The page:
I do not support increases to the state’s gas tax. Michiganders are already feeling the effects of high gas prices and we shouldn’t increase that financial burden.
TOP ISSUES: What are the three most important issues for the district at this time, and how do you propose to address them?
ZRINYI: The economy is key. Sixty-percent of new jobs are created by small businesses. We need to continue to foster small business growth and make Michigan the best state to do business in. Housing values will begin to rebound as we put more of our young people and displaced workers back on the payroll. Supporting the education system is key. We must examine ways to reduce administrative costs as a way of putting that money back into the classroom. Having been involved for over 15 years in my children’s education, I know the importance of needing to make sure our schools are adequately funded.
WHY YOU? Why specifically should voters choose you over your opponent?
ZRINYI: Michigan is in a very delicate position and we cannot revert back to the old ways of kicking the can down the road or pandering to special interest groups. I am the common-sense solutions candidate. If it’s not broke, we won’t fix it. If it needs (to be) fixed, I will find the best possible solution to fix the problem.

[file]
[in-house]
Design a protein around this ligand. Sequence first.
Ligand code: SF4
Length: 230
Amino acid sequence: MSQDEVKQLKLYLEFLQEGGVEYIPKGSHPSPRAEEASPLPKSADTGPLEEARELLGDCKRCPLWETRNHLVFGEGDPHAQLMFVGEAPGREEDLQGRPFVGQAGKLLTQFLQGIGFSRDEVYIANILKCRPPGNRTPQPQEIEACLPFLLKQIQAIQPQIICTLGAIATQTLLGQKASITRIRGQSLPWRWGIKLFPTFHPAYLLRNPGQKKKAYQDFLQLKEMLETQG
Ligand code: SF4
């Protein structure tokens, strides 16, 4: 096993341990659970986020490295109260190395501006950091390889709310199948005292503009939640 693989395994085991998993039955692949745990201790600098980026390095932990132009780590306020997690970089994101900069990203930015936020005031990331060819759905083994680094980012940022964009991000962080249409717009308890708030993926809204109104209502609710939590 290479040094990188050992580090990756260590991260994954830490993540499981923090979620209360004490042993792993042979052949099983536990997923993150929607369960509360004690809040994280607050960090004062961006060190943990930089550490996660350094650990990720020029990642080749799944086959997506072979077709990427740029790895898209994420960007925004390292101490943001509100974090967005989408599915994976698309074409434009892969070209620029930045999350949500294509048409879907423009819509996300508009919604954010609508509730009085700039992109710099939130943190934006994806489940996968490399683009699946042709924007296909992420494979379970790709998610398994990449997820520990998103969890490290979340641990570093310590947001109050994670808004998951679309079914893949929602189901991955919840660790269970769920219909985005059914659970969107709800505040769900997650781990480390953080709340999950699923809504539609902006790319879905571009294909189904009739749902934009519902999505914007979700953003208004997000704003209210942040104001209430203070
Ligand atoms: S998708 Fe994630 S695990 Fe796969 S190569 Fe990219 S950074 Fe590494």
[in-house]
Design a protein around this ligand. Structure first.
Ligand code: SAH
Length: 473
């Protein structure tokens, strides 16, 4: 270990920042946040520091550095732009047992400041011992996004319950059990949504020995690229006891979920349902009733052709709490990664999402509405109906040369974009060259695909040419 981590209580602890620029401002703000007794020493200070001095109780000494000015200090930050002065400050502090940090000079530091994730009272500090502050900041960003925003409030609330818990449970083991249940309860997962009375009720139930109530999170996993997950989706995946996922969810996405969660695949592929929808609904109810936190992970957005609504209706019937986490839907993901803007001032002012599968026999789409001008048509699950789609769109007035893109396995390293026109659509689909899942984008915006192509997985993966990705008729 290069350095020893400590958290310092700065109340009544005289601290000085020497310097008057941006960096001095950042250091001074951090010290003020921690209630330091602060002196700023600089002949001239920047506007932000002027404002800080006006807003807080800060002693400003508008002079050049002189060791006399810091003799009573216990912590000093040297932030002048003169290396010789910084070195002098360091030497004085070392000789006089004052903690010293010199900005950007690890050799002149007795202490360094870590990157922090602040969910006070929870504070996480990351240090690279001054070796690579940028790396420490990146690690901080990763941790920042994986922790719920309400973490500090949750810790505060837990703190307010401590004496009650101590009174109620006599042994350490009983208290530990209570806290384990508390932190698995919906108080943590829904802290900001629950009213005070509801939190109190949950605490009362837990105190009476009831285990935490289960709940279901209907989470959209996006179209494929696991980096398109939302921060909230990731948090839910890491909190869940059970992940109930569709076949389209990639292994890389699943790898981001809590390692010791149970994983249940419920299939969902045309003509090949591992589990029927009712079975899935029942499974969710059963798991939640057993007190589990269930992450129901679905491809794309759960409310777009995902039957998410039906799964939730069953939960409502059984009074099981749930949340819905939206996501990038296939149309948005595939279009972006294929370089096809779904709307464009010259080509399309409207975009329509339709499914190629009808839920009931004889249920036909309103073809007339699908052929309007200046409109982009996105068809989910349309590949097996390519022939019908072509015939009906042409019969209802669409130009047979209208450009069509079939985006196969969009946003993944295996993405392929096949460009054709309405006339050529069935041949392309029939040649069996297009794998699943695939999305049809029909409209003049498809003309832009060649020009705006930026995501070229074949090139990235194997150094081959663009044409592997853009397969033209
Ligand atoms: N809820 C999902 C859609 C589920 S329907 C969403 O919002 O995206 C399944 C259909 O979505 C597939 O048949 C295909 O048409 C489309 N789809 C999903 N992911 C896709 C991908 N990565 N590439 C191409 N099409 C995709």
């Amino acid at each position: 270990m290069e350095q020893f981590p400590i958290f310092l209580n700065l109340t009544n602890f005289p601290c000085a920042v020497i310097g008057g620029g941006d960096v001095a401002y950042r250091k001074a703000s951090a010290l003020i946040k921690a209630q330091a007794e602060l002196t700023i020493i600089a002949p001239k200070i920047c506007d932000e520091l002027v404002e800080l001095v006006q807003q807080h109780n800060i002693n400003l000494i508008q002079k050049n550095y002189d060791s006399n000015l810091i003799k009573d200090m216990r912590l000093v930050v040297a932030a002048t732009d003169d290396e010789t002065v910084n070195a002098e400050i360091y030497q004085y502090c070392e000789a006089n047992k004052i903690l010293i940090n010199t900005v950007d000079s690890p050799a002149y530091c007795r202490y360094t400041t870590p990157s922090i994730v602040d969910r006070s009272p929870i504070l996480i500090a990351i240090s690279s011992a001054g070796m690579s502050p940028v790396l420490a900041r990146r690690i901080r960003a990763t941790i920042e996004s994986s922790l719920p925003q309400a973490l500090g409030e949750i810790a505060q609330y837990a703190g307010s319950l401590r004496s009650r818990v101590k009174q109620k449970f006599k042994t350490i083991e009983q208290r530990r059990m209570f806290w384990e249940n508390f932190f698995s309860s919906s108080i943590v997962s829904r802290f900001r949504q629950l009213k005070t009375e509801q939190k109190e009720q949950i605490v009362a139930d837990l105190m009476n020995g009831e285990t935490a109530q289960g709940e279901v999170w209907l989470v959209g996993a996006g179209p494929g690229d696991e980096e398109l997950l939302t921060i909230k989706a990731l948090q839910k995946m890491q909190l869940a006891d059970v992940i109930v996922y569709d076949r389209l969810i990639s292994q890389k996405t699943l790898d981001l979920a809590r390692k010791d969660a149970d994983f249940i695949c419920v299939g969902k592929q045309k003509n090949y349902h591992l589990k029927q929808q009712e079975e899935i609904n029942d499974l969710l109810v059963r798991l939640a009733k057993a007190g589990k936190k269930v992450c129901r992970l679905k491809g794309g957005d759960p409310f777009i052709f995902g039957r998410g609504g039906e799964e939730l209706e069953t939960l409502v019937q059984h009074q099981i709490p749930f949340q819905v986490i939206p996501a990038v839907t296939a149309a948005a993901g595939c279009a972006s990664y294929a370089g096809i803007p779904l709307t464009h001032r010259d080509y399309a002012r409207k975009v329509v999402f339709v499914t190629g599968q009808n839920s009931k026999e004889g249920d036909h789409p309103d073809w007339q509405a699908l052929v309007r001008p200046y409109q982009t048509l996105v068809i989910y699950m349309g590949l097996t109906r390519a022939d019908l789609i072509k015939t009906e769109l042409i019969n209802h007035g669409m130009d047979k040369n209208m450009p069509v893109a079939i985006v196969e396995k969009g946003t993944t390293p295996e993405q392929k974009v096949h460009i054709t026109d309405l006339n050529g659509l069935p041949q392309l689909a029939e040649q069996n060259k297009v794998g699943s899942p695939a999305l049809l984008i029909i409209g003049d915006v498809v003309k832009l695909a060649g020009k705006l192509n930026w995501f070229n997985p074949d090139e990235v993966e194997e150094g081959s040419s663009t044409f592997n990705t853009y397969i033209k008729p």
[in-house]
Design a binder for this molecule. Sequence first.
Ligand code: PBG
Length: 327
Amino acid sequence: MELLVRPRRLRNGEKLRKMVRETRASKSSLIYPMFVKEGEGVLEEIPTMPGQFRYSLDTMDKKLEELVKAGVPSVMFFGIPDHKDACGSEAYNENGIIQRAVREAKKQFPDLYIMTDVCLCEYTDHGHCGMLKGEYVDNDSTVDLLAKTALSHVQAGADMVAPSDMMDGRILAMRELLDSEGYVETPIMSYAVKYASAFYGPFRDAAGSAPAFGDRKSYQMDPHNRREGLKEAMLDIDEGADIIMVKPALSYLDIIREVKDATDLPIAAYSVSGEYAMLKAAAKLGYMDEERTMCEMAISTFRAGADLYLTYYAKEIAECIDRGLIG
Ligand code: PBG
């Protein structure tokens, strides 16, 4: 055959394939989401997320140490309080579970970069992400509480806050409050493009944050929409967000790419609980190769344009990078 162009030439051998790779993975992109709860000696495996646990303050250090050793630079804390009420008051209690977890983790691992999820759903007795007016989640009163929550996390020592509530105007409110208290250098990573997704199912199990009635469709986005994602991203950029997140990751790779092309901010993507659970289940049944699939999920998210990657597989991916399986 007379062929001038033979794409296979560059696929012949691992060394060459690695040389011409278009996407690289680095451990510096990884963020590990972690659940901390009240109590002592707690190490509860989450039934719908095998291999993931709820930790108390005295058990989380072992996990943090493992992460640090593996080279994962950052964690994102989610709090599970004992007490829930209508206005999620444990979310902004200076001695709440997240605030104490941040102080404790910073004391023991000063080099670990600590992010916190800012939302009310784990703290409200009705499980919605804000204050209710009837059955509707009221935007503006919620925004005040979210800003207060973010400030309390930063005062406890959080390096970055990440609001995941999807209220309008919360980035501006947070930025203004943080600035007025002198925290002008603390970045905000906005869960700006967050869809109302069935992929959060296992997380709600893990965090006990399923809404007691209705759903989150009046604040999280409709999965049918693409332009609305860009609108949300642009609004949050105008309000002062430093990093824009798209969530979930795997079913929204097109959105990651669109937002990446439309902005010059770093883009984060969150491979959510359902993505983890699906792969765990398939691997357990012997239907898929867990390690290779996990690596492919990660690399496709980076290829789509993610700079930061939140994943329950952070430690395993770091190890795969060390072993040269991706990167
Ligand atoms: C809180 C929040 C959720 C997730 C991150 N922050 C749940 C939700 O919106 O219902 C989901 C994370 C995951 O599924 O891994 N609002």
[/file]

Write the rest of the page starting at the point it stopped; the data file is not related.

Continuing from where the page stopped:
I believe that I will most represent the interests of our community and will never succumb to special interests. We must create an environment where Michigan is the best place to do business and keep our young people in Michigan. That’s why I’m running. I have three adopted children, two of whom are in college, and I want them to have the opportunity to stay in Michigan. I know the importance of creating jobs that will allow our residents to stay in our communities. I promise to restore honor and integrity in Lansing, and hold every Legislature accountable for their actions.